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CES Feature Articles

January 05, 2009

Consumer Electronics Technology Show


According to the AFP, smart gadgets, lifelike video and pocket versions of laptop computers are expected to be Consumer Electronics Show (CES) stars as the annual extravaganza follows its gizmos onto the Web.
 
It looks like consumer electronic companies didn’t get the memo that the economy is failing and leading analysts have been saying we’re in the beginnings of a recession for almost three months now. (When does it start, really, I want to be semi-prepared.)

 
Some 2,700 makers of televisions, computers, mobile telephones, chips and other technological wares will tout their latest innovations in Las Vegas from January 8-11.
 
In addition to that, film, television and music studios which deliver digitally to devices tied to the Internet will also be there. Folks like Billboard Digital Music Live!, NBC Universal, The Today Show, the NBC Evening News with Brian Williams, Access Hollywood, CNBC’S Maria Bartiromo and Sony Pictures Television.
 
Rumors surrounding the show include word that Microsoft might unveil a revamped Zune in a bid to knock Apple's (News - Alert) iPod from its throne atop the MP3 player market.
 
Palm is expected to introduce an overhauled operating system in what could be a last-ditch effort to reclaim former glory in a "smart" handheld device realm that it pioneered but lost to competitors.
 
"A big thing will be the launch of Palm's new Nova," said analyst Rob Enderle of the Enderle Group in Silicon Valley. "It could be a swan song for Palm or the rebirth of the company."
 
Digeo, a cable television equipment supplier, is also under pressure to deliver on an innovative digital media recorder that links to Internet services and televisions, according to NPD analyst Ross Rubin (News - Alert).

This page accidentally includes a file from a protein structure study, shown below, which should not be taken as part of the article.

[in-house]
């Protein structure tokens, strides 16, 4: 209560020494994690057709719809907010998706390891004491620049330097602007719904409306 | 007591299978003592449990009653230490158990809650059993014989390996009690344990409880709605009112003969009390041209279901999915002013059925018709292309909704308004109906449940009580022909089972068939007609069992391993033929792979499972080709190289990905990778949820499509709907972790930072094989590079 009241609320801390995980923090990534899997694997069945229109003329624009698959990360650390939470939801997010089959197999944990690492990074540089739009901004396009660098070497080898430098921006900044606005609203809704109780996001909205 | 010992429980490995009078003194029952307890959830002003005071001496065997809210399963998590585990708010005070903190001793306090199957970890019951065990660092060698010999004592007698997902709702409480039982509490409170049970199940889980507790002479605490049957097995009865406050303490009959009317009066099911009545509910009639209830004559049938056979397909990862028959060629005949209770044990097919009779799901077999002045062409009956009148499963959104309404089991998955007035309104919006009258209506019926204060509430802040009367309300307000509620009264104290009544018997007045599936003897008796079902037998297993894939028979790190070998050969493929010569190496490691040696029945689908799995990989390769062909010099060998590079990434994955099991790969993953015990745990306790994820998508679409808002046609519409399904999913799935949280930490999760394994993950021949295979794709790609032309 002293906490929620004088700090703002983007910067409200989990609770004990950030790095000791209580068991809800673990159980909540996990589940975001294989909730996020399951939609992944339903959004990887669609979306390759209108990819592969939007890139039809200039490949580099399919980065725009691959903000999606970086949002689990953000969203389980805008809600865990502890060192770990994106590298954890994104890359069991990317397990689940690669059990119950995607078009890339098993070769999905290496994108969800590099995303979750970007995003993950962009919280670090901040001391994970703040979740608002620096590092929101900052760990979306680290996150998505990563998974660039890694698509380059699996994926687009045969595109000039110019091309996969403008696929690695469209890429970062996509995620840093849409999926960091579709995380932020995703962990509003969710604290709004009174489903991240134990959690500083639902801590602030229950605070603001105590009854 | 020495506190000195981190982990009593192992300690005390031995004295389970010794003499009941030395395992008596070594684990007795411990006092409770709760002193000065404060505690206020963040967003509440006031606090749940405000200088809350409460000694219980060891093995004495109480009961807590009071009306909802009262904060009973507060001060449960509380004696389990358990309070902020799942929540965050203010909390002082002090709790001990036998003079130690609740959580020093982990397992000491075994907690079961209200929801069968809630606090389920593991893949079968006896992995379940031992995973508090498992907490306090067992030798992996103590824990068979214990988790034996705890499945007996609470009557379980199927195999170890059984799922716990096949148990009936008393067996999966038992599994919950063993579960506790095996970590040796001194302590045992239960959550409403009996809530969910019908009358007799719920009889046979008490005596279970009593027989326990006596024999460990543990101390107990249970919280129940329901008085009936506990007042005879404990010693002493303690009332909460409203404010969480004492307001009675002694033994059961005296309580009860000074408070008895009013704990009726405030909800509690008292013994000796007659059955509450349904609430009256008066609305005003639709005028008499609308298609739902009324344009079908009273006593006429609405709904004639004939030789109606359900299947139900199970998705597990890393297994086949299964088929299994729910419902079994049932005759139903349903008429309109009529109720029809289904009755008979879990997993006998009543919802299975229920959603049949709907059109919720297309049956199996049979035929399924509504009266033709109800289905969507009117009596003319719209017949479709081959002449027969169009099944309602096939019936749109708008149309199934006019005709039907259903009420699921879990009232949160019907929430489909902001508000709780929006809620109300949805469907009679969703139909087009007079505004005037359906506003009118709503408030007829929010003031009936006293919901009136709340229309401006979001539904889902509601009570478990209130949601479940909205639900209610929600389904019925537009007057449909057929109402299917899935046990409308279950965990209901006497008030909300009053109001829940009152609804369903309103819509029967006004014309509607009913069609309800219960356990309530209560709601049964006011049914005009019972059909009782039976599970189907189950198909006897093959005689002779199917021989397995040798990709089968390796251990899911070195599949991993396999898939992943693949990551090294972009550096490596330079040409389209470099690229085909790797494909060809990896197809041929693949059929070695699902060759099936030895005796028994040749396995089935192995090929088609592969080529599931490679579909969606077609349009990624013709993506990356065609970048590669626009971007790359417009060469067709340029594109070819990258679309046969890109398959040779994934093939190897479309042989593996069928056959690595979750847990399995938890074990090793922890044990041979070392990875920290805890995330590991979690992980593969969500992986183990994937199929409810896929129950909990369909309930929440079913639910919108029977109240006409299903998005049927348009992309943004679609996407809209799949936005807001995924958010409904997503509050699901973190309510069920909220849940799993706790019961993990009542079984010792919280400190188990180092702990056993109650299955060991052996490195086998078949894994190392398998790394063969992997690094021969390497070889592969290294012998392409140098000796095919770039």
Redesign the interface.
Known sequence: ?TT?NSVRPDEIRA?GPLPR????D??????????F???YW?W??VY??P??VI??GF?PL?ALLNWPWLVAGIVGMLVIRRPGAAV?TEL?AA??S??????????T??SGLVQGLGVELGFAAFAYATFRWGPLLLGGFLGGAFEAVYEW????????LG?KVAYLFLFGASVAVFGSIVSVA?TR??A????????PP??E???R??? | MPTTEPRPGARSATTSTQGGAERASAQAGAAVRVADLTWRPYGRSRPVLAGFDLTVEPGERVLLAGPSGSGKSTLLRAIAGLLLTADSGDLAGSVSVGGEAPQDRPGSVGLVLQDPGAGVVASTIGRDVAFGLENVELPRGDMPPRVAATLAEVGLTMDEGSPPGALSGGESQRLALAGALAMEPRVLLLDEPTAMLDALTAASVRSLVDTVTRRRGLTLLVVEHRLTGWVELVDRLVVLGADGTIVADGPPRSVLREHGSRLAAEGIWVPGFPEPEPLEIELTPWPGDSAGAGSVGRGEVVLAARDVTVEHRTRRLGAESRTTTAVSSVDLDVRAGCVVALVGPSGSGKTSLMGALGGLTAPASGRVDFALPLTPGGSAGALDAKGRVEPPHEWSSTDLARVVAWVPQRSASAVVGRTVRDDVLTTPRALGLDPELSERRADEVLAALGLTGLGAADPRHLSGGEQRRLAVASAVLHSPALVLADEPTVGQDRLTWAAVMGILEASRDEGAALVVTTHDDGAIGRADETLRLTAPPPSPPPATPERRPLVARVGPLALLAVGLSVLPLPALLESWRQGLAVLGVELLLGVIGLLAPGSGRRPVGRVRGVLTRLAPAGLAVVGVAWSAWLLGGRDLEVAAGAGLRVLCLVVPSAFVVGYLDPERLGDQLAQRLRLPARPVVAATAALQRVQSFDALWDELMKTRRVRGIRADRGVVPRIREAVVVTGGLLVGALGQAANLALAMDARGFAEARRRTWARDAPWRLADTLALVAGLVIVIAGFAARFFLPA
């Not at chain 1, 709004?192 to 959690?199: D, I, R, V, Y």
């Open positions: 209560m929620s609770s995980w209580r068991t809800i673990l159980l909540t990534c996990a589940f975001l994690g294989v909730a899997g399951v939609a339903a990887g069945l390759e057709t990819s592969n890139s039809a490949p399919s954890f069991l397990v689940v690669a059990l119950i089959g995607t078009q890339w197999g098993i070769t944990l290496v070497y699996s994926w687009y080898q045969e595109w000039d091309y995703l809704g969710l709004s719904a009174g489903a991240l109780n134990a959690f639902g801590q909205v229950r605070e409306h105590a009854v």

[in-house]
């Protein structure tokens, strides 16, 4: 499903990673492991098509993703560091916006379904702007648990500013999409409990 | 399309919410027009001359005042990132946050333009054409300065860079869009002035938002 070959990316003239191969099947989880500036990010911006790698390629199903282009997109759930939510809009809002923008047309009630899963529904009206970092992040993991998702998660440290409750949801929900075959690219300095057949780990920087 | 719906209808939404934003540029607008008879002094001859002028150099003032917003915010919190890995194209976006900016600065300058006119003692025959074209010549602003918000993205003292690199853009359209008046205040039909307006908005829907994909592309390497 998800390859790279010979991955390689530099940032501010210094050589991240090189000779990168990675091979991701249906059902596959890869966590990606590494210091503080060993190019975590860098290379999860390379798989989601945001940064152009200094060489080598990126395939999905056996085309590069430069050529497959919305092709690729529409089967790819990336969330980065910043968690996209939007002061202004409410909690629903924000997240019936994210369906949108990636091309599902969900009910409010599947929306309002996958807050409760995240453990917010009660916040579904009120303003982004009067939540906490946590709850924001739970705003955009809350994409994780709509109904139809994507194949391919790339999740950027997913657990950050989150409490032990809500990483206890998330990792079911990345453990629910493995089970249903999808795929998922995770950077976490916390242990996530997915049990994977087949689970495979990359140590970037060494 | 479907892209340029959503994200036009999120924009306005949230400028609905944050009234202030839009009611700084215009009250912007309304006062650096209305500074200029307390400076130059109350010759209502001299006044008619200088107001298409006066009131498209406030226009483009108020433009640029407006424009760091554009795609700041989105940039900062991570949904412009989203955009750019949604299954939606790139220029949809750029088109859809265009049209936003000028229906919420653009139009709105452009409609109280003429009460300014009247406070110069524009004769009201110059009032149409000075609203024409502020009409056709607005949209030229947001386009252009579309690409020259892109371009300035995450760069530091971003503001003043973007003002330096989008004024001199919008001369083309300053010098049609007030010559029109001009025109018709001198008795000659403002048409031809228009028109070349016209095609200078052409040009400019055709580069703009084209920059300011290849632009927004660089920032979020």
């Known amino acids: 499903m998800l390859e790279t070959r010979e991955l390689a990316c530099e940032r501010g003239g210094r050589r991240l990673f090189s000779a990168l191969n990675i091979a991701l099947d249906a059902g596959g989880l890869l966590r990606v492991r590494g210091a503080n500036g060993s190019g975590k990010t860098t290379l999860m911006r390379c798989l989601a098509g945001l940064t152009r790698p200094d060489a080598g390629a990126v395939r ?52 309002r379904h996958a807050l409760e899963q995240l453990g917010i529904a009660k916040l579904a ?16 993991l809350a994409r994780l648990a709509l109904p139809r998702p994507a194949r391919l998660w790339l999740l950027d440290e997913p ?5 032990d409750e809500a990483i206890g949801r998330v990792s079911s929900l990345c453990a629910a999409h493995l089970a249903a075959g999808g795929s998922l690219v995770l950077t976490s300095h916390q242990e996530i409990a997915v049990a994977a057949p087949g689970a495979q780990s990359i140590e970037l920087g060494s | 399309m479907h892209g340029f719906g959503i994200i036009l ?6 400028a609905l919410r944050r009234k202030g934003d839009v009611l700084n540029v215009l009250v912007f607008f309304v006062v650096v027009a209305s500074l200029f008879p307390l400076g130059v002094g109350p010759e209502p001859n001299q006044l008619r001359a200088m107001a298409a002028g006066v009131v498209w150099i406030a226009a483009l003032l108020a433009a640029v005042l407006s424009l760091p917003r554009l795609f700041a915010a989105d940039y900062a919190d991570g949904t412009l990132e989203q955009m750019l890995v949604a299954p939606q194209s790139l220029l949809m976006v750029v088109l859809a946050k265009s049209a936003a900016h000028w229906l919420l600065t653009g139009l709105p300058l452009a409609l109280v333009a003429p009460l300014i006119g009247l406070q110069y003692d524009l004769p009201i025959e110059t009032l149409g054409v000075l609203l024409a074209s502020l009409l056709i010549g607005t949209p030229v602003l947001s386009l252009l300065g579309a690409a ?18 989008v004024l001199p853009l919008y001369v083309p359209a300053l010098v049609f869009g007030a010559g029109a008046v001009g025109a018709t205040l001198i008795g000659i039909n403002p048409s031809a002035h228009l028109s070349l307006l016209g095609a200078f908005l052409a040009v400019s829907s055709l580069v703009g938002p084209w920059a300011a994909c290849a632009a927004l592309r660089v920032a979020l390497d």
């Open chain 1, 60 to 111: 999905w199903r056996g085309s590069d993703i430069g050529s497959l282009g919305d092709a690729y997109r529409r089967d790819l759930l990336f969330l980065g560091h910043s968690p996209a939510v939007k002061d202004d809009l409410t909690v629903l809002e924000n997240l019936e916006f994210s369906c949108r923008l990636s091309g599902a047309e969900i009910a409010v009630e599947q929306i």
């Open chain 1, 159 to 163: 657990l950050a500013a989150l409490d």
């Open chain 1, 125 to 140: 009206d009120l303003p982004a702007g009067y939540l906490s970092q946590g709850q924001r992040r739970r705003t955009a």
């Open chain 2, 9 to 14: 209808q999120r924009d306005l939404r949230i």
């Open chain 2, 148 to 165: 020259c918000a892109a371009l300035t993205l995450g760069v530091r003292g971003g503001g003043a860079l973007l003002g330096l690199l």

Microsoft may use CES for a "coming out party" for a Windows 7 operating system to succeed Vista software that has been a target of relentless loathing by many computer users, according to Enderle.
 
"On the PC side, CES is going to be a netbook love fest," Enderle said.
 
"Apple may have something online and Google is doing something," he said. "The expectation is that Google has its own PC platform coming and will throw it on a netbook—they want everything to be online and the netbook leads itself better to Google than to Microsoft and Apple."
 
Analysts said CES should also feature the introduction of a new mobile phone based on the Android (News - Alert) open source platform promoted by Google.
 
Dunion said "uber themes" at CES are likely to include green technology trimming power needs of gadgets while employing more recyclable and non-toxic materials in construction.
 
Television screens ideal for home theaters and increasingly rich graphics will once again get high-profile at CES. Increasingly sophisticated pixel qualities should set the stage for a surge in 3D viewing experiences.
 
"We really think next year 3D is going to really take off," said Ujesh Desai, a GeForce vice president at premier graphics chip-making firm NVIDIA (News - Alert).
 
Hewlett Packard marketing executive John Cook said, "The biggest thing I see is the consumers expect high-definition entertainment. I'm expecting to see quite a lot of that on the show floor."
 
Emphasis should be heightened on television by a mandated switch from analog to exclusively digital broadcasting in February.
 
Support for Blu-ray high-definition DVD technology has gained momentum since the Sony-backed technology was declared winner of its format war with Toshiba's (News - Alert) HD-DVD systems at CES last year, according to analysts, resulting in more manufacturers leaping into the Blu-ray arena.
 
This article was originally posted on the jk on Tech blog.

Jessica Kostek is a channel editor for TMCnet, covering VoIP, CRM, call center and wireless technologies. To read more of Jessica’s articles, please visit her columnist page.

Edited by Jessica Kostek





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